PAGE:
As Australia’s purpose-built capital celebrates its 100th anniversary with a yearlong program of art and cultural events, we asked local Olympian and basketball star Lauren Jackson to share her favorite hometown haunts.
Where do you take visitors to Canberra?
“Usually to Barton to visit the Aboriginal Tent Embassy [a semi-permanent collection of tents erected in the 1970s by activists representing the political rights of Aborigines] on the lawns of Old Parliament House, or to Questacon (the National Science and Technology Centre; questacon.edu.au) for its fun and educational exhibits. And of course to the National Museum of Australia (nma.gov.au). I also like to show off the new National Arboretum (nationalarboretum.act.gov.au), which has gardens of native Australian trees and plants plus rare and endangered species from around the world.”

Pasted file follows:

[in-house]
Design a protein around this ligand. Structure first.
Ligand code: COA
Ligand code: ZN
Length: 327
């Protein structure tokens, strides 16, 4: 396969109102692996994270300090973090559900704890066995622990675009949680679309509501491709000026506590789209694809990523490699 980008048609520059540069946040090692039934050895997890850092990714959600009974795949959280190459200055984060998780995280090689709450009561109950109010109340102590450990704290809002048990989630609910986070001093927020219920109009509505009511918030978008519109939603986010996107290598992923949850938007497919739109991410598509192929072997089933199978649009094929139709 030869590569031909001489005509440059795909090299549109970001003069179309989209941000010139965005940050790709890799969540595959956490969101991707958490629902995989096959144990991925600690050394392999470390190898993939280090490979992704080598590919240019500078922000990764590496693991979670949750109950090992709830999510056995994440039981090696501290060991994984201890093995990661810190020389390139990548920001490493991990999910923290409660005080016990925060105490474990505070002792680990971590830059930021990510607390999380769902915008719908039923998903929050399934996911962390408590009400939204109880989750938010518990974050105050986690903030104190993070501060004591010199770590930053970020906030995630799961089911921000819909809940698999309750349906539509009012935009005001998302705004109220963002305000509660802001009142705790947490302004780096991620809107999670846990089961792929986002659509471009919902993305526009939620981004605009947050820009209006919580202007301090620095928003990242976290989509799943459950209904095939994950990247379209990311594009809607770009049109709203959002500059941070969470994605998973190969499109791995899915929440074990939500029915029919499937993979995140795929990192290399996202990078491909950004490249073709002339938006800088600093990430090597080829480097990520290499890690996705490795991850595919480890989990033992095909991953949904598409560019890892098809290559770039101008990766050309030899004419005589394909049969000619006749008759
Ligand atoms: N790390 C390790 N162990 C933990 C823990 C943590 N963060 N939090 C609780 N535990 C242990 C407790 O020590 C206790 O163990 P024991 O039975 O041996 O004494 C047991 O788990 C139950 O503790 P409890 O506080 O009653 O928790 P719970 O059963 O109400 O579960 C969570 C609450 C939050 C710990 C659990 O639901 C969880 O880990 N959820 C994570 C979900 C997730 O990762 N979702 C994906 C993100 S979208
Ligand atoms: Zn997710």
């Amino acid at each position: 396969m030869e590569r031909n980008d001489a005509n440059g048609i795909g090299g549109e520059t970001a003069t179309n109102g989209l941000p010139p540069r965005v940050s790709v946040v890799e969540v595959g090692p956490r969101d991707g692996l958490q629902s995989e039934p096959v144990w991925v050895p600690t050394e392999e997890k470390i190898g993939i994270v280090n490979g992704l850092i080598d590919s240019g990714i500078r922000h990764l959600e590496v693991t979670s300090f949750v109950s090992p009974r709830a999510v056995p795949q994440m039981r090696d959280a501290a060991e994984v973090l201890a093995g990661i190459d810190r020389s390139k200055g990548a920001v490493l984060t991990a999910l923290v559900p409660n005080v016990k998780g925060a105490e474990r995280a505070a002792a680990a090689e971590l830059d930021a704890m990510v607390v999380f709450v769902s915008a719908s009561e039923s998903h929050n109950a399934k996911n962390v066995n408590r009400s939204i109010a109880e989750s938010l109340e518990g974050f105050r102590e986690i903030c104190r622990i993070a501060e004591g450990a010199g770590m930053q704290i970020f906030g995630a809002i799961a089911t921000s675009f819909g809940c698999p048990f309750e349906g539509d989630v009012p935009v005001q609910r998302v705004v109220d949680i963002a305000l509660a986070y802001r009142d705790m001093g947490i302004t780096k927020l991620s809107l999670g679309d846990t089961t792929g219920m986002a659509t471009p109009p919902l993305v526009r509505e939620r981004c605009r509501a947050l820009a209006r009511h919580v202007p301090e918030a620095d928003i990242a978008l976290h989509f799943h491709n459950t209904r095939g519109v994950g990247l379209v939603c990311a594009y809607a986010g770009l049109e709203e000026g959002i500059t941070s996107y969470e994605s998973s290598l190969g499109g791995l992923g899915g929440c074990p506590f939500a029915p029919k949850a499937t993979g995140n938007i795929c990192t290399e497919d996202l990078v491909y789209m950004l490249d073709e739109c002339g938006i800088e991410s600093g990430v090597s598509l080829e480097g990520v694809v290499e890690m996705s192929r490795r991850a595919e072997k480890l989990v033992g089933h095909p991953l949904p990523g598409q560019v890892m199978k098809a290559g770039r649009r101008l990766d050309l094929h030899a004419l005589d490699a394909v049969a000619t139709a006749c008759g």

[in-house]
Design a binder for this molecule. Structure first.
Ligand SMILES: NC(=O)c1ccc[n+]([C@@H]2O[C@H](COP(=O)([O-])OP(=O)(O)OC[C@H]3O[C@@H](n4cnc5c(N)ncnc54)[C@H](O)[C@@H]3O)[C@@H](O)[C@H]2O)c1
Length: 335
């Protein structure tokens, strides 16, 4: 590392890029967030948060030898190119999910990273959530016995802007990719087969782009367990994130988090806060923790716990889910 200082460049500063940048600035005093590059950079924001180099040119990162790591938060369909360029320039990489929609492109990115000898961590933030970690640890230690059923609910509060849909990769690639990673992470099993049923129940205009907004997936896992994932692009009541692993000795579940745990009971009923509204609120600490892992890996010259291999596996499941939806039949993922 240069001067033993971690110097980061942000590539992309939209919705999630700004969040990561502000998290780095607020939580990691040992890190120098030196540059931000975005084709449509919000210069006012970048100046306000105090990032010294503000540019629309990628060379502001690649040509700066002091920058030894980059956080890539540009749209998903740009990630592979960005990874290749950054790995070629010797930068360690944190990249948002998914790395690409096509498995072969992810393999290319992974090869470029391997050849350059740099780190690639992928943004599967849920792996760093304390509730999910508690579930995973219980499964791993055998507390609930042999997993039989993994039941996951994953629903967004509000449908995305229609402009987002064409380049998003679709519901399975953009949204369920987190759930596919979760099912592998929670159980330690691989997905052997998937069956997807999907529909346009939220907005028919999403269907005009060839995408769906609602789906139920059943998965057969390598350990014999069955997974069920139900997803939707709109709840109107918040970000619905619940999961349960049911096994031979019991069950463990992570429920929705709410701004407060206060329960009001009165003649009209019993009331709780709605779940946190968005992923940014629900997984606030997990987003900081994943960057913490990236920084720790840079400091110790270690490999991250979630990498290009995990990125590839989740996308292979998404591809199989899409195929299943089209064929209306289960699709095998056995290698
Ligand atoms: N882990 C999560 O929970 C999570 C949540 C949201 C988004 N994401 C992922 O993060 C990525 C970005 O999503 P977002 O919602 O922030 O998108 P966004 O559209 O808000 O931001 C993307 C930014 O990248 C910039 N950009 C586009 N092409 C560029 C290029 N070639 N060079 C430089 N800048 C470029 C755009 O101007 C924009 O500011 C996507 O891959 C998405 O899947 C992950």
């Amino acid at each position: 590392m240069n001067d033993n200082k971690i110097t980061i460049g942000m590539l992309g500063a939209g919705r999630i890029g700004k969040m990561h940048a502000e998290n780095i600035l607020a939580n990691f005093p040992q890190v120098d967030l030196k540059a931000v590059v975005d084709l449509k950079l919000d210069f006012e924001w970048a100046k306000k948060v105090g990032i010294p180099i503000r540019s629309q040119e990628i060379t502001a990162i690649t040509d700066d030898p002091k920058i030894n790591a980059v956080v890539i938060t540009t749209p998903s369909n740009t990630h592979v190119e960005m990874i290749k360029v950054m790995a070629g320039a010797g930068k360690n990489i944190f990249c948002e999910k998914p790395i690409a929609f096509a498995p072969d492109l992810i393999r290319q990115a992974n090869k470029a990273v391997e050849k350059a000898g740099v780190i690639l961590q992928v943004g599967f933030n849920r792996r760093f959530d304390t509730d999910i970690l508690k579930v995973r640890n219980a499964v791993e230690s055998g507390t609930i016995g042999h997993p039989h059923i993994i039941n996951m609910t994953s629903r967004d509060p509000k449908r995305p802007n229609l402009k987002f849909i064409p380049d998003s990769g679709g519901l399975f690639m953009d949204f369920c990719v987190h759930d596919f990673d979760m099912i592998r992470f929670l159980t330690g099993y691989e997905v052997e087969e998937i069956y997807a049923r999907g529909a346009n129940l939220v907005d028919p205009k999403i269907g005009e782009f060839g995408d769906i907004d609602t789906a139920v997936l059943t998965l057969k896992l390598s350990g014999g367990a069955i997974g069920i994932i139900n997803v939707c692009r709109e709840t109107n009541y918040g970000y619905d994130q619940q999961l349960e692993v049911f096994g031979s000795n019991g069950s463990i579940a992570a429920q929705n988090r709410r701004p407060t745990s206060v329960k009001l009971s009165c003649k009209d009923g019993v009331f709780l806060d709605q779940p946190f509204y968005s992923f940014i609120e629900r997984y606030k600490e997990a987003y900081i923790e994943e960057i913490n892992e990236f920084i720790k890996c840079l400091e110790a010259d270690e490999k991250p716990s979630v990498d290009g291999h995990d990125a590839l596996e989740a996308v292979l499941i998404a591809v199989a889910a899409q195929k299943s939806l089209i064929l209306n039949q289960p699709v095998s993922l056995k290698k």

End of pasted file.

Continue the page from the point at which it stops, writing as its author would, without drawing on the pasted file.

What’s your favorite café?
“For coffee and light meals, it’s Tilley’s Devine Café Gallery (tilleys.com.au) in Lyneham. The atmosphere is very relaxed and it’s a great place to catch up with friends over salads and burgers, listen to live music, or just get a serious amount of study done. It’s probably my favorite place in Canberra.”
And your favorite restaurant?
“The Chairman & Yip (chairmangroup.com.au). It’s been around for more than a decade, but the Cantonese food is still unbelievable and the service is impeccable.”
Where do you go for shopping?
“I usually head to the Canberra Centre (originally the Monaro Mall, launched in the 1960s; canberracentre.com.au) because it just seems to be getting bigger and better and has everything from department stores to branded boutiques.”
How do you spend a lazy Canberra Sunday?
Probably at my favorite little café, Tilley’s, or going to the Cotter River for a swim if the weather is right—there are barbecue facilities at Cotter Bend. Canberra also has a lot of great weekend markets, including the Old Bus Depot (obdm.com.au; open Sundays from 10 a.m. to 4 p.m.) for arts and crafts and farmhouse cheeses.
What do you miss when you’re away?
The trees and the freshness of the air. And the people.